|Yang Ning (L) [Cyol.com]|
A college-graduate village official has committed herself to boosting the income of impoverished locals in south China's Guangxi Zhuang Autonomous Region through various entrepreneurial attempts in the past several years.
Yang Ning is a native of Jiangmen Village in the local Rongshui Miao Autonomous County. In 2010, she returned to her hometown upon graduation from Guangxi University with a degree in business administration.
By the end of the second term in October 2016, after serving for as long as six years in the village, Yang chose to stay on and became the head of Jiangmen Village Committee by standing in an election.
The decision was made in consideration of her aged grandmother, who needed to be looked after as both her parents went out to do part-time job, and in addition, it is also the aspiration of changing the sub-par and backward situation of the village that keeps her behind.
At the beginning of those days when she returned to work in the village committee, Yang once felt so frustrated to deal with chiefly trivial matters such as villager disputes that she even thought about leaving, fearing that there is no suitable work post to put to use what she had learned for four years in university.
However, she still turned down the invitations from her former classmates, who started businesses in the city, as well as the offers from bank branches, determined to make her impact on local economy.
Due to the remoteness of the location and the scarcity of information, the economic development of Jiangmen lagged behind. At that time, there were more than 200 households. The annual income of most families was less than 3,000 yuan. This was considered by Yang to be the most urgent problem.
Anchui County, which is abundant in bamboo resources, has advantages in developing its bamboo primary processing industry. Yang firstly led villagers to try out this field.
As it normally takes as long as seven or eight years for bamboos to grow, Yang also began other attempts to lead the villagers shake off poverty.
In 2014, Yang convinced one of her classmates who worked in Louzhou, with an aim to work together by reusing around three hectares of deserted fields in the village to plant spicy serrano peppers.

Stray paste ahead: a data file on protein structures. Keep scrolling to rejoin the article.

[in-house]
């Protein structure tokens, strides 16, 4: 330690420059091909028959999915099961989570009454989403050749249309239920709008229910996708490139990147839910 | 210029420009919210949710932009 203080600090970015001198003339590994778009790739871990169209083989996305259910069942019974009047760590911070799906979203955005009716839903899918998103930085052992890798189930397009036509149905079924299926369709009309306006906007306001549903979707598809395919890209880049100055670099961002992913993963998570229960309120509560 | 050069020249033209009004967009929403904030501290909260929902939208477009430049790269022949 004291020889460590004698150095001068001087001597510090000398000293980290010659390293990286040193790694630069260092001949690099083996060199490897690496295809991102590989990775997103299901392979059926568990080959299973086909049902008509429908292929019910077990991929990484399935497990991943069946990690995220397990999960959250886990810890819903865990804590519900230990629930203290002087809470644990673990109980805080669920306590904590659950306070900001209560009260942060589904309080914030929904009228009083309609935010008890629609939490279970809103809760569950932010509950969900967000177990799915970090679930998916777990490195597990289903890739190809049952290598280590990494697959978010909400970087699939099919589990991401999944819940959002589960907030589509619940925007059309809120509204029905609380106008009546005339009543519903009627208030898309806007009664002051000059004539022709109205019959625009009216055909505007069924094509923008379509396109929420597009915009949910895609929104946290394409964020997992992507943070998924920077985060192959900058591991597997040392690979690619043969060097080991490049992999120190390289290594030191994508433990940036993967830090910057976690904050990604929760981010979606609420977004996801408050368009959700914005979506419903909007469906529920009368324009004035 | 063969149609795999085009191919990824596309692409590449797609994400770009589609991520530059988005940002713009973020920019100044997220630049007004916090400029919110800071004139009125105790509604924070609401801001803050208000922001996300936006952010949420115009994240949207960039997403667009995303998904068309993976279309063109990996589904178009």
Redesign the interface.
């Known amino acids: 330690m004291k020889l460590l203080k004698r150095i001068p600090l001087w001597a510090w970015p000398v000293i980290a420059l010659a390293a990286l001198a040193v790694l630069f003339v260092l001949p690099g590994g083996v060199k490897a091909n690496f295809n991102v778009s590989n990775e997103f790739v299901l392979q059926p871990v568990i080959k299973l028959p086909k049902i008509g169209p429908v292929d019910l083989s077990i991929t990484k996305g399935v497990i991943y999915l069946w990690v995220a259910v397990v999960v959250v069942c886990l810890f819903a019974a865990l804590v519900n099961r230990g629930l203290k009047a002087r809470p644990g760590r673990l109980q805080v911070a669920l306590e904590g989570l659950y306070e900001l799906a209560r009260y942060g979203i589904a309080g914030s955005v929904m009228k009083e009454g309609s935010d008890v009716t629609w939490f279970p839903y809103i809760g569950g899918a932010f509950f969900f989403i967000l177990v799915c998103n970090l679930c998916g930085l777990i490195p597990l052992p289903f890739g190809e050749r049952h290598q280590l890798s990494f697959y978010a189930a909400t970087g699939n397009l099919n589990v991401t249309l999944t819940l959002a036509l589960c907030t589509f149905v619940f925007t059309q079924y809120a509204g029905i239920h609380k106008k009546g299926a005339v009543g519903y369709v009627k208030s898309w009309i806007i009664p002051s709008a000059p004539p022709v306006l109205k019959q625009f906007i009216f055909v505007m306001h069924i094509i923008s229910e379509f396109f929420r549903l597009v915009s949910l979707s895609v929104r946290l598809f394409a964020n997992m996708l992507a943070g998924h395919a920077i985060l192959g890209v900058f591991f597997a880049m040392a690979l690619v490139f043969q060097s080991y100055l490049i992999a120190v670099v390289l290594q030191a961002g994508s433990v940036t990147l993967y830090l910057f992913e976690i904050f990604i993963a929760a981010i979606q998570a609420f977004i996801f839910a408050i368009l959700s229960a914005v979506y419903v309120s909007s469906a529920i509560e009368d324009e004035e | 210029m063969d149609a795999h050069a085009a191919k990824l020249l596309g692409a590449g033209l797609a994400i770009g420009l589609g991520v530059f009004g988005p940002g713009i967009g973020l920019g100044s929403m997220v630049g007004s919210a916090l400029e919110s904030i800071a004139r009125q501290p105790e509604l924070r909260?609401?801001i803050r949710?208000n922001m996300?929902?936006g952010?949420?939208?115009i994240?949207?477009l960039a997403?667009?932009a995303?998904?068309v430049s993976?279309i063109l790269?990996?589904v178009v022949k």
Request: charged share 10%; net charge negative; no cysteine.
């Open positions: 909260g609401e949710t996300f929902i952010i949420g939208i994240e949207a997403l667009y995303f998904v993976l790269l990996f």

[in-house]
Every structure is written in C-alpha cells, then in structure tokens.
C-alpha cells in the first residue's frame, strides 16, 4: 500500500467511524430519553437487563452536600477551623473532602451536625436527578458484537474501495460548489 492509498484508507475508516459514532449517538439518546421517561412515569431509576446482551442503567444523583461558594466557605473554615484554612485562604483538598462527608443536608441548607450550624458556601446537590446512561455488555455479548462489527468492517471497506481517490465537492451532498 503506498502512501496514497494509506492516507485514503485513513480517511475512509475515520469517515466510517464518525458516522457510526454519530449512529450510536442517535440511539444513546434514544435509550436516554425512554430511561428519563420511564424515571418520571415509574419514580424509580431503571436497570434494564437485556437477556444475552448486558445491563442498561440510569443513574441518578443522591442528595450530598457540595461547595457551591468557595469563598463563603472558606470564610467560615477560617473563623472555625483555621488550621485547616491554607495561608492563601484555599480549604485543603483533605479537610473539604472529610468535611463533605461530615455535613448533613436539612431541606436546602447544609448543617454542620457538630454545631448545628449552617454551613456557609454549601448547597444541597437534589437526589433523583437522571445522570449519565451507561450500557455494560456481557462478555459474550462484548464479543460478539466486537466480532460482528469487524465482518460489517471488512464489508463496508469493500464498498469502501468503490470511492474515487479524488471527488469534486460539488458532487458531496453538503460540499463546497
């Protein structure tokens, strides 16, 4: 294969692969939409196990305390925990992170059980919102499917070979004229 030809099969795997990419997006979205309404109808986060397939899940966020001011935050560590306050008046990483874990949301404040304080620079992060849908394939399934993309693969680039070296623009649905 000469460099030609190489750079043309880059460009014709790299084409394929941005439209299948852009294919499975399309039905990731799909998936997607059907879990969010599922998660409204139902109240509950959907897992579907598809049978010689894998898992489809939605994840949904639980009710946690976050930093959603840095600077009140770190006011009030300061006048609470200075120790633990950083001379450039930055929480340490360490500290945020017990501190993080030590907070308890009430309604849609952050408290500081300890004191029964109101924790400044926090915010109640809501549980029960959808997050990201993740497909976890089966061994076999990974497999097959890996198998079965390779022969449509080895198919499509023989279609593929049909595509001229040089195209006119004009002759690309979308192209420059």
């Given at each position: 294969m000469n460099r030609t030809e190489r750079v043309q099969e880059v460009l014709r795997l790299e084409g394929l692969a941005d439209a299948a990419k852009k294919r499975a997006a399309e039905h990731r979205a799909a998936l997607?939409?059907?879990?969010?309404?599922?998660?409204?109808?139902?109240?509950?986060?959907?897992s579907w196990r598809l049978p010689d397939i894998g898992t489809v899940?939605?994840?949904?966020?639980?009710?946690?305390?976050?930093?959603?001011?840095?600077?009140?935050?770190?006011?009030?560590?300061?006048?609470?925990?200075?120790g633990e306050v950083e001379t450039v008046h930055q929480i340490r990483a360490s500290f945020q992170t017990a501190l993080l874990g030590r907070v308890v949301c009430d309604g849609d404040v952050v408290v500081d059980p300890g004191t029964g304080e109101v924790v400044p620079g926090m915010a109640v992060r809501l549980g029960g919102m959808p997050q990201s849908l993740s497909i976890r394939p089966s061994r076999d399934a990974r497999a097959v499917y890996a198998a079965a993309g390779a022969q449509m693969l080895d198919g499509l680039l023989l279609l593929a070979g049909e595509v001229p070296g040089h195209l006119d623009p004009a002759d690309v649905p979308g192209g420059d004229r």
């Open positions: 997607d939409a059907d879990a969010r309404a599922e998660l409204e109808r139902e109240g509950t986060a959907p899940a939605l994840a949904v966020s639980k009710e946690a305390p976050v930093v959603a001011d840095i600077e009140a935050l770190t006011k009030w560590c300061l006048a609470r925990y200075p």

Because of its effectiveness and short harvest period, the chilies seem to have promising market prospect. To be on the safe side, Yang also signed a contract with a company in Liuzhou to ensure that she had their technical sales support, whilst she can concentrate on the field management.
However, due to the effect of the constant rain and high temperature exposure that year, the seedlings in the field began to rot. Crop failure resulted from the disaster cost Yang and her classmate a sum of 100,000 yuan each, much of which was obtained through credit.
After that, Yang intended to grow and develop glutinous rice, which was a unique variety that the local Miao people have passed down for thousands of years. By developing its cultivation, more than 60 local households have increased their income.
Inspired by a sales experience on the social media platform WeChat, Yang discovered a new channel to help villagers sell local specialty products.
With demand far exceeding supply, Yang contacted student village officials of several other areas and established the University-graduate Village Officials Entrepreneurship Alliance to sell all kinds of agricultural products such as mushroom and dried bamboo shoot.
Meanwhile, Yang also helped many of the elderly empty nesters in the village to apply for subsistence allowances, since many were illiterate. "It is perhaps a trivial matter for me to fill out a form for them, but it may turn out to be concrete help for the whole family. I feel that my work is meaningful and valuable."
After working in the village for seven years, Yang and her village committee colleagues have successfully helped 99 out of the 117 impoverished households in the village to get rid of poverty.
(Source: Dangjian.com/Translated and edited by Women of China)